Characterizing chloroplast sensor kinase
In higher plants and green algae, photosynthesis takes place within specialized sub-cellular organelles called chloroplasts. Chloroplasts were once prokaryotes and evolved by endosymbiosis from cyanobacteria. They contain a semi-autonomous genetic system that encodes for core proteins of photosynthetic reaction centres in the energy-transducing membrane known as the chloroplast thylakoid. The photosynthetic apparatus in the thylakoid membrane makes use of excitation energy from sunlight to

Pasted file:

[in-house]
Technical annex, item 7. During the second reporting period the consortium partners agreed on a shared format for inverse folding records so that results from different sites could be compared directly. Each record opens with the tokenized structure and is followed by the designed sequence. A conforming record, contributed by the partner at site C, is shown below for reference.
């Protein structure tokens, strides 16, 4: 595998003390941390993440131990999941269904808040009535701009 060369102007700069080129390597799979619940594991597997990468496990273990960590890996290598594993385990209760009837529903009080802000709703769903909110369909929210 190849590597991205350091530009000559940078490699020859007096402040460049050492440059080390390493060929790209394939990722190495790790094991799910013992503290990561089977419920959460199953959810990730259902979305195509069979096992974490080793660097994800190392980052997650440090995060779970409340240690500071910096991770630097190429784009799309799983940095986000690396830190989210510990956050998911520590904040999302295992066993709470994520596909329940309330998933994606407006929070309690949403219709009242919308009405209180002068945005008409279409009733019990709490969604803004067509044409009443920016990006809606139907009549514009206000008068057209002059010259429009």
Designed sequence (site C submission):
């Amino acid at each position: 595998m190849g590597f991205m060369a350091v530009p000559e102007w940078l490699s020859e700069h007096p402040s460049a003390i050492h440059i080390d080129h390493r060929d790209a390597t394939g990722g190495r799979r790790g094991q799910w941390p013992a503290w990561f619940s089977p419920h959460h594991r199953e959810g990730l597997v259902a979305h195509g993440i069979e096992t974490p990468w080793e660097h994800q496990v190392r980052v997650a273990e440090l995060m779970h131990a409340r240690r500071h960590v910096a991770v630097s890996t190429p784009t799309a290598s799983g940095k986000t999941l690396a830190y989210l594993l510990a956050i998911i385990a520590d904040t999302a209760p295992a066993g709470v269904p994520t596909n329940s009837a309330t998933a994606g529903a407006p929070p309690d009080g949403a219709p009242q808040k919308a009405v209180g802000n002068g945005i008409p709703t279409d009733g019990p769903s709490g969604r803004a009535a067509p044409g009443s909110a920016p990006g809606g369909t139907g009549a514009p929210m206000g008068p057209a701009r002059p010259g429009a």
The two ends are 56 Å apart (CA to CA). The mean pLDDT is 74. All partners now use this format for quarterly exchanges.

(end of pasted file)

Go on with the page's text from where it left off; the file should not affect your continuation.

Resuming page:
... om sunlight to remove four electrons and protons from two water molecules. The electrons transfer them to the electron acceptor ferredoxin and NADP þ , respectively. In this system, plastoquinone acts as a mobile electron and proton carrier between Photosystem I and Photosystem II in reduction -oxidation or 'redox' reactions. A balanced redox state in the chloroplast is important for efficient energy conversion. However, the slightest error could lead to photo-inactivation as well as DNA mutation. Therefore, photosynthetic enzymes that are involved in photosynthesis are tightly regulated. In this study we analyse the mechanism of redox regulation involved in chloroplast gene expression that requires chloroplast sensor kinase (CSK). CSK is a bacterial-like histidine kinase that functions as a two-component system. Such simple but effective signalling transduction is abundant in prokaryotes, but found less widely in eukaryotic cells. CSK is encoded by the nuclear genomes of all higher plants examined, and the CSK proteins are targeted to chloroplasts where they function as a redox sensor. Through the cloning process, the result expressed the full-length CSK and the putative sensor domain (GAF domain) into a pGEX-6P-2 plasmid containing a GST tag. The construction was over-expressed into Escherichia coli cells. From bioinformatics study, it was found that in higher plants CSK is a modified histidine kinase, whereas in diatoms and red algae it is a typical histidine kinase.